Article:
More terrifying before or after baking? You decide!

As people ate, they worked on their Nightmare Spawn Collages–their answers to the question of “If Melissa and Jason DID have a baby, what would it look like?” with piles of baby magazines and National Geographics, after which we hustled everyone outside to play a rousing round of Baby Toss. As I wasn’t about to buy a bunch of brand-new dolls to play this game, I bought whatever was available at the thrift store (causing the aforementioned awkward moment), numbered them 1 through 5, and had the participants draw numbers from a cup to determine which team received which baby, as they were all quite differently shaped and weighted–some were soft-bodied, some were hard-bodied, and one had its head, hands, and feet all made of porcelain. The game operated similarly to the familiar team water balloon toss game–partners stood a few feet apart and tossed the baby back and forth, backing up with each successful toss, and their team is eliminated once they drop their baby. The porcelain baby didn’t stand a chance, and the game ended as one might expect, cleaning shattered baby face off of my driveway. The rest of the baby was then turned into an art installation on the kitchen table.

Since we were now all outside, we felt it was a good time to tackle the Uterus Piñata, which we hung from a low-hanging tree branch in the front yard. Participants were blindfolded and armed with a hanger with which to beat the uterus. Though I’d made the walls of the pinata decently thick, it was taken down by the second participant, who sliced the wire of the hanger straight through it like some sort of organ-maiming ninja.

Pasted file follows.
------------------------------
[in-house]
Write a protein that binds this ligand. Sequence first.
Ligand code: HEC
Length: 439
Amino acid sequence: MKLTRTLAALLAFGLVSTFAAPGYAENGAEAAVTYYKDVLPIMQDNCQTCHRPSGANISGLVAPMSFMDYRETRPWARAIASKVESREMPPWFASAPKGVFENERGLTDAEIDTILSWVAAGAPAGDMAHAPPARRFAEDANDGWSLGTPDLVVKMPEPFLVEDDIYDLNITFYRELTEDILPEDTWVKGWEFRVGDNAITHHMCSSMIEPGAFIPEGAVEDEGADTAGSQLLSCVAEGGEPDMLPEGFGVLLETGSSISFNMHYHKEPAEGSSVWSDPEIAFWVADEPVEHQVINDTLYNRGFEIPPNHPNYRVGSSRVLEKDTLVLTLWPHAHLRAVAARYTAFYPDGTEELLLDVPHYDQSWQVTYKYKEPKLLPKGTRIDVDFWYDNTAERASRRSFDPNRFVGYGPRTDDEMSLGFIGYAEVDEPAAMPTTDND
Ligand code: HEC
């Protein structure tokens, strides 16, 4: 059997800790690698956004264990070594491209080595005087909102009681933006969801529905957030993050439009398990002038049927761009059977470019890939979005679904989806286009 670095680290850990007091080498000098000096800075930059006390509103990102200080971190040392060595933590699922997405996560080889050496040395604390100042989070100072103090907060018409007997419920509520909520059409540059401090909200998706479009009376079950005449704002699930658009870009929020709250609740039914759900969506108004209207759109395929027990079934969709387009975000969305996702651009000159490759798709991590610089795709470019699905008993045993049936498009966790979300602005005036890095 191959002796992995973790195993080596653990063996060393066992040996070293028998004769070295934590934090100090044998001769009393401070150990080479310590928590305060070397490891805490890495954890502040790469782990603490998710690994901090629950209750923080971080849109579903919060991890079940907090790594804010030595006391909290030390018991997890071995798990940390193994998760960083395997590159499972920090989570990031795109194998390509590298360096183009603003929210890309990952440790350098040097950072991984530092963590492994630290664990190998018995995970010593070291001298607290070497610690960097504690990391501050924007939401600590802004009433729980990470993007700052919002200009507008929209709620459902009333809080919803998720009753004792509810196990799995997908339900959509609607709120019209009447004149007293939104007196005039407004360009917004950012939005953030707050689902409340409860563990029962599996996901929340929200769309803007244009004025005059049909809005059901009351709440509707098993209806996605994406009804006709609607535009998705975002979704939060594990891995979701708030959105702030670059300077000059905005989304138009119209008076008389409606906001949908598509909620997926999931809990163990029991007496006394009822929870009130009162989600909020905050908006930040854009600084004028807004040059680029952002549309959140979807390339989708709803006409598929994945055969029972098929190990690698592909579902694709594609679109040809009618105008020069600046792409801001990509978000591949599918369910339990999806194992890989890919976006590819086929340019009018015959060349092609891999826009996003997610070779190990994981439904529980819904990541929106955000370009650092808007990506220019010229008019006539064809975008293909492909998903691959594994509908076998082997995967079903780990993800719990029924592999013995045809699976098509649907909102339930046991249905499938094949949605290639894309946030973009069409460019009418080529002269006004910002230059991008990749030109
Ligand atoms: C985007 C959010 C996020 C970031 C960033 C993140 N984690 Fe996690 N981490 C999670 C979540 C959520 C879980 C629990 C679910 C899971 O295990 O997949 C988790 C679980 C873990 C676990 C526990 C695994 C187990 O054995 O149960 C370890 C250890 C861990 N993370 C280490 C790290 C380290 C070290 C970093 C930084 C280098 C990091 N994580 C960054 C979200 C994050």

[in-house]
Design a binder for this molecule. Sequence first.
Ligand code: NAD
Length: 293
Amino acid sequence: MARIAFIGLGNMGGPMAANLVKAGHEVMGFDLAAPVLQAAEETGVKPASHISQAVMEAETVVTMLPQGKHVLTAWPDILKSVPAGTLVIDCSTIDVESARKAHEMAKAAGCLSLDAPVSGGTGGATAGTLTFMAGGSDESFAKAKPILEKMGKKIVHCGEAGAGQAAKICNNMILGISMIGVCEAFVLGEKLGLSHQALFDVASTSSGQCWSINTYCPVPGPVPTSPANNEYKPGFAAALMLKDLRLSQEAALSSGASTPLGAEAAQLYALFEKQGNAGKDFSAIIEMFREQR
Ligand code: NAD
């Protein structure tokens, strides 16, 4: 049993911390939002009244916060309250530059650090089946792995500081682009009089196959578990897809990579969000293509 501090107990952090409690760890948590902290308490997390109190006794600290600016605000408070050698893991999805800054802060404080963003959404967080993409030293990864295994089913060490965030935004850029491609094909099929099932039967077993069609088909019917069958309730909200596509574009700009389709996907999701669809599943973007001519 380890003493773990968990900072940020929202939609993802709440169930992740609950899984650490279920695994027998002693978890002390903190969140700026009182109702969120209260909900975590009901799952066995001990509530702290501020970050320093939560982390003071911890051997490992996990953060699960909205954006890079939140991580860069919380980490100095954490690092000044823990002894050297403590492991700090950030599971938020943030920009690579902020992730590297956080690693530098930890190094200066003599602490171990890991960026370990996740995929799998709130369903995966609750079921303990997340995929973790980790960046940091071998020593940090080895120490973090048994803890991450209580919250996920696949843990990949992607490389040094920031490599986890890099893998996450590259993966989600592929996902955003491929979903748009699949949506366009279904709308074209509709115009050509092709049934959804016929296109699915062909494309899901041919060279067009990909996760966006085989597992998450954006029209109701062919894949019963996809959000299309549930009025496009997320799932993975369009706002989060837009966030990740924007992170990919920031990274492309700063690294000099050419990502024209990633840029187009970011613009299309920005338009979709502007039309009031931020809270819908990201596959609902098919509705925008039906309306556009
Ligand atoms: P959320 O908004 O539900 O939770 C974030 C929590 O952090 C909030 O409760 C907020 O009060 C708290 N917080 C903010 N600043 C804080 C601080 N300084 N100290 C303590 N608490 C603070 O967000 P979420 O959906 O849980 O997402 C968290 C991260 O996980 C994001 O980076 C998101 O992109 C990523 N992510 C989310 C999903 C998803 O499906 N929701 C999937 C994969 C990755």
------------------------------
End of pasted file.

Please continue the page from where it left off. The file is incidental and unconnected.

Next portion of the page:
Jason and I then judged the winner of the Nightmare Spawn Collage contest, which was exceedingly difficult as there were so many awesome entries:

And our winner:

When we were finished passing all of the entries around, we went back inside to play Pin the Clamp on the Uterus. Originally, I’d designed the game so that there were only a few clamps in the bowl, and if the blindfolded participants picked something other than a clamp, even if it was properly placed, they wouldn’t win a prize. This was because I was under the impression that since I’d painted the wall poster, it would be tactile enough for people to figure out where everything was, and the tubes were fairly large targets. This turned out not to be the case, and the rules were revised on the fly so that if you managed to pin ANYTHING onto the tubes, you were a winner.

Once the prizes were exhausted, we opened our inappropriate gifts, which involved a fair amount of booze, sharp objects, and hilarious cards–we also ended up raising quite a bit of money for Planned Parenthood, so it was a success all around!

During the next day’s cleanup, we discovered plastic babies glued into inappropriate positions, and the dolls we’d abandoned in a pile in the front yard making their way up the stairs toward the house.

Lord knows what the neighbors thought.